American History - Assignment Example

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After you call up the site, click on the Battle, then on History for questions 1 & 2; Weather for question 3; and Myths and Misconceptions for numbers 4 &5.
In the 1724, the Alamo was built by Spanish officials to serve…
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The Alamo Few events in American History have created as much interest as the siege of the Alamo. Using the site that follows, answer the following questions.
In order to answer the questions, go to: After you call up the site, click on the Battle, then on History for questions 1 & 2; Weather for question 3; and Myths and Misconceptions for numbers 4 &5.
1. Who occupied the Alamo before the Texans arrived?  Go right back to the earliest builders.
In the 1724, the Alamo was built by Spanish officials to serve as a home to missionaries and their Indian converts. It is from this purpose that the Alamo was originally named as Misión San Antonio de Valero.
After the secularization of the area in 1793, Spanish officials distributed the land to the remaining Indian residents. In the early 1800s, soldiers stationed at the former mission named the place as the Alamo which means “cottonwood” in Spanish — in reference to where these men came from, Alamo de Parras, Coahuila.
For years, the Alamo became the home of Mexican revolutionaries and royalists during the war for independence. The military — Spanish, Rebel, and then Mexican — continued to occupy the Alamo until the Texas Revolution.
2. What was Col. Traviss decision regarding the Alamo?  What did he ask the men to do?
Though Texians and Tejano volunteers were able to successfully occupy the Alamo in 1835, they were greeted by a surprise attack from General Santa Anna’s army – an assault which was held out for 13 days. Because of the intensity of the battle, the commander of the Alamo, Col. Travis sent forth couriers asking for help to communities in Texas.
However, as the hope for outside help faded, Col. Travis drew a line on the ground and asked those who were willing to fight to step over. All of them except one stayed to defend the Alamo. The defenders risked their lives to protect the key to Texas’ defense. They would rather die than surrender to General Santa Anna’s army.
Before the daybreak in March 6, 1836, the final assault of Mexican soldiers came as they scaled the walls and rushed inside the compound. The battle still continued as defenders continued to desperately fight the enemies. However, by sunrise, the battle ended as General Santa Anna entered the compound to proclaim his victory.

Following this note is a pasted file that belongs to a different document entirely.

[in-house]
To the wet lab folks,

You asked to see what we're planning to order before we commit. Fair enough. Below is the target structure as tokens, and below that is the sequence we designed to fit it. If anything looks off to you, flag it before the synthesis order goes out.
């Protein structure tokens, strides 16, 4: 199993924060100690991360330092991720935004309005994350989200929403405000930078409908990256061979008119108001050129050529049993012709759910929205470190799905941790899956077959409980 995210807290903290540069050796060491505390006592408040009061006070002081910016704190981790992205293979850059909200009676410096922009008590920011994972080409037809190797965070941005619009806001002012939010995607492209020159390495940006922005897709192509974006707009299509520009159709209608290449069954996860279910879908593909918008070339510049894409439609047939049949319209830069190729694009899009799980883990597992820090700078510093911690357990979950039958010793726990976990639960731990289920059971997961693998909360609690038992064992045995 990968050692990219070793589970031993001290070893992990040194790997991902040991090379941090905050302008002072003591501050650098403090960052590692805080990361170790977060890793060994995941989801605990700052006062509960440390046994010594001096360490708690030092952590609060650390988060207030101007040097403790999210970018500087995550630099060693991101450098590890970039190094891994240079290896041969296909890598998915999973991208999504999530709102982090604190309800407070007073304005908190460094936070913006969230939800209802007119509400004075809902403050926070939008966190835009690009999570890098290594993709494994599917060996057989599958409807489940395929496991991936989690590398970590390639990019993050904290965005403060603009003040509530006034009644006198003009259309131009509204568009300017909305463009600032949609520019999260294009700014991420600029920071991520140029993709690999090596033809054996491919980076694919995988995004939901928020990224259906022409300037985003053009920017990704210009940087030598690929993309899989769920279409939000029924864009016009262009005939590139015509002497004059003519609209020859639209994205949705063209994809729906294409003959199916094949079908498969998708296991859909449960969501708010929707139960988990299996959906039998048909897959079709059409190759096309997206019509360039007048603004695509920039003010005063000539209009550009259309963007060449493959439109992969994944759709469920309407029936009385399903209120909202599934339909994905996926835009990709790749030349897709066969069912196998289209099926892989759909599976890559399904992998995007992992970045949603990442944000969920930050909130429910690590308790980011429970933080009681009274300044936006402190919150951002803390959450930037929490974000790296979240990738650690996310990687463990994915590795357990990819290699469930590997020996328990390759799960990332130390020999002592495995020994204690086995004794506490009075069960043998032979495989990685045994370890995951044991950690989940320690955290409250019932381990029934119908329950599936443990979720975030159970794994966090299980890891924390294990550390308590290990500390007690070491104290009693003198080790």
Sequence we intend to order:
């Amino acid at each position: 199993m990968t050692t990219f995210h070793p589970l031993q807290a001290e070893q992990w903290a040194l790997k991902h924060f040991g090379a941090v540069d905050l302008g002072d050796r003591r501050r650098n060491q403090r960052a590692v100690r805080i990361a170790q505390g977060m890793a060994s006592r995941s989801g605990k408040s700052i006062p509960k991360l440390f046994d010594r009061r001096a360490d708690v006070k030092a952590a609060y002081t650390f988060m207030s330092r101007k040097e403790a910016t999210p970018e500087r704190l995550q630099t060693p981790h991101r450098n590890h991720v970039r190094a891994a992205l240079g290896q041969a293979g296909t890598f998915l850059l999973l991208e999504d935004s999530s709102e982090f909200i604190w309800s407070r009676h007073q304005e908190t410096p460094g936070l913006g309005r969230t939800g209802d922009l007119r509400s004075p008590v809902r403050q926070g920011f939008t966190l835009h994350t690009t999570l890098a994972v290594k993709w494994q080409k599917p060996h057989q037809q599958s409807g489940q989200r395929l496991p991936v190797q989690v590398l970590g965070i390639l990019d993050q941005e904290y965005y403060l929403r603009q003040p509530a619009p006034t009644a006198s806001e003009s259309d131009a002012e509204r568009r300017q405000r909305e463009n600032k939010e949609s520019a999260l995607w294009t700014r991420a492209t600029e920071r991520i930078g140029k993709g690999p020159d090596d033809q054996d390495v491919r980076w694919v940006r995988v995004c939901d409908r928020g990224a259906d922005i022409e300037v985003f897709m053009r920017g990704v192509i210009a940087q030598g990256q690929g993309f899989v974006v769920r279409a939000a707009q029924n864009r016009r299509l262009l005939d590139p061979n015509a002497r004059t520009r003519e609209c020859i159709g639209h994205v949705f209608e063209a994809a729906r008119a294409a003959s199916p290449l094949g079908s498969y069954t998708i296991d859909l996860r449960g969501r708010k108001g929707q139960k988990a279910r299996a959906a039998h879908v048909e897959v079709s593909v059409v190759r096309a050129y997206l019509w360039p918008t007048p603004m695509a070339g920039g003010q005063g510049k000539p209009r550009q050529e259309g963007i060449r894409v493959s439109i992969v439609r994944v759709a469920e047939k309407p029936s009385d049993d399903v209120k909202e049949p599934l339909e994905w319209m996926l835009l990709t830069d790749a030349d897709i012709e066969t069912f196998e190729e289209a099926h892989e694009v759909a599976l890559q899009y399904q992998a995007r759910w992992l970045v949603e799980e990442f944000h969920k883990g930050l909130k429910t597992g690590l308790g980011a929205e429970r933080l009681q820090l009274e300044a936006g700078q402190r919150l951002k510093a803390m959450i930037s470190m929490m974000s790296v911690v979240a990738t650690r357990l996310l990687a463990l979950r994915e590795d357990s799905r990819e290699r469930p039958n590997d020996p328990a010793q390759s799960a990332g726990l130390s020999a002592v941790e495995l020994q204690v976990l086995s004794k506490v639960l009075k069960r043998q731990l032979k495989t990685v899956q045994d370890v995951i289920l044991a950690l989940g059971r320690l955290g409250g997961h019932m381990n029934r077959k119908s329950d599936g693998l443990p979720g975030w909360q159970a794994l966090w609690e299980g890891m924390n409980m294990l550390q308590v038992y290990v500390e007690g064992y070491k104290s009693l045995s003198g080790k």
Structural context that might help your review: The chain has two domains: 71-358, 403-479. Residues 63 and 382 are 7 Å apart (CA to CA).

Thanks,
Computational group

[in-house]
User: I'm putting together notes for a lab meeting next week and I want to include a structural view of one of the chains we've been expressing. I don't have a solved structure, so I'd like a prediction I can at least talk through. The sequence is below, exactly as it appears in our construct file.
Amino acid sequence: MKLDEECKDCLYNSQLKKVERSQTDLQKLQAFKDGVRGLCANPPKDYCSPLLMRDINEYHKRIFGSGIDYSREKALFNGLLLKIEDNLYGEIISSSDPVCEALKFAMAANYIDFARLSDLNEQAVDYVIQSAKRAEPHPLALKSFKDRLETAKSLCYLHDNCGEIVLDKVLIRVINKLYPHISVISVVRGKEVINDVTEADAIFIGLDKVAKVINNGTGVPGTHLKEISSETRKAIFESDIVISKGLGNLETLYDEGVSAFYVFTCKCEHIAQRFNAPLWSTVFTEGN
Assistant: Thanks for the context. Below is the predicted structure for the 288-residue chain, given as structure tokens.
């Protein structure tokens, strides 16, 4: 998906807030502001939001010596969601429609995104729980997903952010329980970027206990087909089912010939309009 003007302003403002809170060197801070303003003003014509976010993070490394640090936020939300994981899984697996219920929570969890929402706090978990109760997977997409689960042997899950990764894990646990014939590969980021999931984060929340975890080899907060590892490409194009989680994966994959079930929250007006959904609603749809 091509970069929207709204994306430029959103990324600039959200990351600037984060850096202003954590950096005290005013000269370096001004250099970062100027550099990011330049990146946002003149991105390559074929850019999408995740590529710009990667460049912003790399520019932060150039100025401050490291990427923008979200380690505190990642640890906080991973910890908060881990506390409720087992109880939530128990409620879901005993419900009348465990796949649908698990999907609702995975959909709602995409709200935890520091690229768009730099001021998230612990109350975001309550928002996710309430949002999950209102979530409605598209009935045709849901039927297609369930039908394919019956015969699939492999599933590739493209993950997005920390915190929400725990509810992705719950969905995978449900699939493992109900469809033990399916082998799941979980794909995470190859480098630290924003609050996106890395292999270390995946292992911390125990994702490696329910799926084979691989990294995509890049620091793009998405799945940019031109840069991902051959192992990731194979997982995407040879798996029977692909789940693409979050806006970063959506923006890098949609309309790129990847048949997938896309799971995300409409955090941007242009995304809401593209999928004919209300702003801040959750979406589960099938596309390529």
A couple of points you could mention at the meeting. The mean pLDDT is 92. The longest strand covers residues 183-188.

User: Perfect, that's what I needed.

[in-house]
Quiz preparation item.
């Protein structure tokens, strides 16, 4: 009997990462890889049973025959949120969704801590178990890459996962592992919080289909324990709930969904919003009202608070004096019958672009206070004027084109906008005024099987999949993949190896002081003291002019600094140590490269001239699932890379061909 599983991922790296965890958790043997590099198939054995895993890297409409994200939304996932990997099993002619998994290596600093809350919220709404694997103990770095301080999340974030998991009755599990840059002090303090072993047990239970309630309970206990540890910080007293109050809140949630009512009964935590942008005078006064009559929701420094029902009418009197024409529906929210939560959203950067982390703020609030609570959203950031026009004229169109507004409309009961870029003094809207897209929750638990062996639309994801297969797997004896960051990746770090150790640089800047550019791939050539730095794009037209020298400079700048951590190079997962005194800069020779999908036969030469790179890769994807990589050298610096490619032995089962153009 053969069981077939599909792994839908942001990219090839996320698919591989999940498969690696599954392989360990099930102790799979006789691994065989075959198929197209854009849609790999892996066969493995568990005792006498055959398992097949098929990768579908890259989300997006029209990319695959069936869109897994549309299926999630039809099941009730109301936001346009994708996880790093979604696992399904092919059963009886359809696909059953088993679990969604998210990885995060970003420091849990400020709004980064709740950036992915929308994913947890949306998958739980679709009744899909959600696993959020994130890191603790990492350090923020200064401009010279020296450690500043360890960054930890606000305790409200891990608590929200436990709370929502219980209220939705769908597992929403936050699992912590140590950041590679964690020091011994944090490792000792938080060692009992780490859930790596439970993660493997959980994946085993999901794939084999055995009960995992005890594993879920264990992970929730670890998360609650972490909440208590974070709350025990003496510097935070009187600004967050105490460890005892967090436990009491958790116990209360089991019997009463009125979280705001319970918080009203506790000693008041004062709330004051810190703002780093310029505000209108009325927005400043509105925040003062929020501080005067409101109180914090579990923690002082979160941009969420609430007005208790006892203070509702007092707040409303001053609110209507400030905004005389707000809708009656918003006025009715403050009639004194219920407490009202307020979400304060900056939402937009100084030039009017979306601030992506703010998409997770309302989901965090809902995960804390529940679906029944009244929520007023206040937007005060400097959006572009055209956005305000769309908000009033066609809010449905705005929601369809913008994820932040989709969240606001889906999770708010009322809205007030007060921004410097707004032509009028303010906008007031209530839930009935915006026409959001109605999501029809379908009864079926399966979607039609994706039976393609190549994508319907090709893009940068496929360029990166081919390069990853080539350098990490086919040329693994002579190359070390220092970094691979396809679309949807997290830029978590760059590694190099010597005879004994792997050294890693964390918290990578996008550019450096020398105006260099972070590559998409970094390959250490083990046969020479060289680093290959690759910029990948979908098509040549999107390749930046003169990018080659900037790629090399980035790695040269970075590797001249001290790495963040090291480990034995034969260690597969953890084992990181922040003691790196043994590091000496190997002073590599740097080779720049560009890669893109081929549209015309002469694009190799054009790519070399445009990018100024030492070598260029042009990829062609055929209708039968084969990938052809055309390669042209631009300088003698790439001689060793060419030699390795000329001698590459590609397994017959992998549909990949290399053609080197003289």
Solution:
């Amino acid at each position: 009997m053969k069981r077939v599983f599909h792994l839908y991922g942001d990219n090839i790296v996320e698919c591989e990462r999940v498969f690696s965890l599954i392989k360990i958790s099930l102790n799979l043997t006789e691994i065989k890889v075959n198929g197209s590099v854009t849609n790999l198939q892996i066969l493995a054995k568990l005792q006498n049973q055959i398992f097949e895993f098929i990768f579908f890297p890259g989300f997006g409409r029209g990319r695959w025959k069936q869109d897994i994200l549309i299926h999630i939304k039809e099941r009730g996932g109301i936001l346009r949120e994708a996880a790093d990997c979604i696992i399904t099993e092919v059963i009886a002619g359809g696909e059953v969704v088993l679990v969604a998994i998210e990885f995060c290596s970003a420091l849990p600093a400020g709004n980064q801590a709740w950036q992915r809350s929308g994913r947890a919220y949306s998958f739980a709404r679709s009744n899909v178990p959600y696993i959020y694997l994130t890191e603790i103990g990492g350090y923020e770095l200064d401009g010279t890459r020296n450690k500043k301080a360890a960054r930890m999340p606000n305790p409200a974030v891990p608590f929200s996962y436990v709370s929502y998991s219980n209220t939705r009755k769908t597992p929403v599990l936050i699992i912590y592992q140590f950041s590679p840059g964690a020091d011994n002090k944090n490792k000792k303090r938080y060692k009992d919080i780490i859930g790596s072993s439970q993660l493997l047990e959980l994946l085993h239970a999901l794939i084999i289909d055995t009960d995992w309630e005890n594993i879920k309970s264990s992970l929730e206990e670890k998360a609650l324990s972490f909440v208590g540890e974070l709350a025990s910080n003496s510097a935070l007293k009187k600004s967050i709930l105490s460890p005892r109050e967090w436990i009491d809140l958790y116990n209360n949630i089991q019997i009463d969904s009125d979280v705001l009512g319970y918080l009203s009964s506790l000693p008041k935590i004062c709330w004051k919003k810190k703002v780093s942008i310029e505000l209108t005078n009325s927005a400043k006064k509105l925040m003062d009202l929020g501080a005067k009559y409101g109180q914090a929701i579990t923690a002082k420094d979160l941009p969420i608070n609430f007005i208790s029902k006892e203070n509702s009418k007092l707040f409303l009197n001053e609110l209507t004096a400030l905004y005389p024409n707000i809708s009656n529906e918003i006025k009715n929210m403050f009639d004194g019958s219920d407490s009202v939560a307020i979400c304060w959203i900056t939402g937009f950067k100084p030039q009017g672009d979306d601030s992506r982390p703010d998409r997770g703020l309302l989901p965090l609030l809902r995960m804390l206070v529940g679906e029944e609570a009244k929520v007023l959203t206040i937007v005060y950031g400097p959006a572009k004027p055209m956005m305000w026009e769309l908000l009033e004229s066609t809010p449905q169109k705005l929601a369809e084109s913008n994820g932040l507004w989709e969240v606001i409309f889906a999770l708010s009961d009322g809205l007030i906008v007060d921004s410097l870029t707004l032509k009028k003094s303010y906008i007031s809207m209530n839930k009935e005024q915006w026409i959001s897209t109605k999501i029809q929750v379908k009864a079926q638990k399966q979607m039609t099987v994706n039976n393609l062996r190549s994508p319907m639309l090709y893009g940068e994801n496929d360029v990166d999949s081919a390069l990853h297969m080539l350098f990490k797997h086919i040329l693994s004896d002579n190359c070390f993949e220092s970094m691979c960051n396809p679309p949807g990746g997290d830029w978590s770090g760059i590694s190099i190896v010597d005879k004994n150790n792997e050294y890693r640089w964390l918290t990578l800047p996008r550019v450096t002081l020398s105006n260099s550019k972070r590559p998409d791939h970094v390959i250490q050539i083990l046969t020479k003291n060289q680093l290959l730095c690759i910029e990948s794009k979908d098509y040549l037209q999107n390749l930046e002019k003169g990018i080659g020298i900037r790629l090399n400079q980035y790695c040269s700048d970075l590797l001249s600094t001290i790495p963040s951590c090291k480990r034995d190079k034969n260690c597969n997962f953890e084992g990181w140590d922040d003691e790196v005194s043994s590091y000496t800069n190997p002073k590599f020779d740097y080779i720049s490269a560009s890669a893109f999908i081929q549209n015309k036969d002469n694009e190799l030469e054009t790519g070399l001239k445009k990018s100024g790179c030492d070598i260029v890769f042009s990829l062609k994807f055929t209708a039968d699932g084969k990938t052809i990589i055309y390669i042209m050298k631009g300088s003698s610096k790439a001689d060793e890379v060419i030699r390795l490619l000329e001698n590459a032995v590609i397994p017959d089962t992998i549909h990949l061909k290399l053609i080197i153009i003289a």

3. Read the chronology of the weather conditions - do you think it odd that one of the defenders took the trouble to keep a weather diary?  Why might this be important to historians today?
At first, I found it rather odd that defenders wrote extensively about the weather in Texas. However, in my view, the defenders found Texas weather to be rather odd and new for them. That is why, in their journal entries, defenders took time to note and comment heavily about the weather.
For historians, the weather diary is important to dispel the myth that in 1835 the coldest winter swept through Texas. This idea was held on because Mexican troops encountered a freak blizzard as they were on their way to Texas during the night of February 13 onwards. However, this type of weather did not extend to Texas.
From the diaries of William Fairfax Gray and Colonel Juan Almonte, historians can confirm that there was a “fine weather” in Texas from May 6 up to May 8. During the battle of the Alamo, typical Texas weather simply swept the area.
4. Did any Texans survive the assault on the Alamo?  (men or women)
While it is true that most of the Texans who were armed inside the forth were killed during the attack on March 2, 1836, there were nearly twelve people who were able to survive the siege. The lives of some women and children were spared. For instance, the slave of Col. Travis and James Bowie, respectively known as Joe and Sam survived the ordeal. Other known survivor included Susanna Dickinson who was ordered by General Santa Anna to warn Gonzales that they await the same fate if they would continue their revolt. Also, a former Mexican soldier and member of the Alamo garrison, Brigido Guererro, survived when he claimed that he was just a prisoner held as captives by the rebels.
5. Col. Travis is usually portrayed in the movies as rather pompous. What is known about his personality?
In the media, Col. Travis was often portrayed as a tyrant with a pompous character. This portrayal was held because volunteers refused to take orders from Col. Travis and they elected James Bowie as their leader. However, the dispute within the group can be rather seen as a philosophical one – between regulars and officers than between the garrison and Col. Travis. The volunteers simply did not want to take orders from anyone, even from a regular officer of the Texas Army. The truth is that in their account, Col. Travis was known to be an outgoing and gregarious fellow who was, in fact, well-respected in the group. Read More
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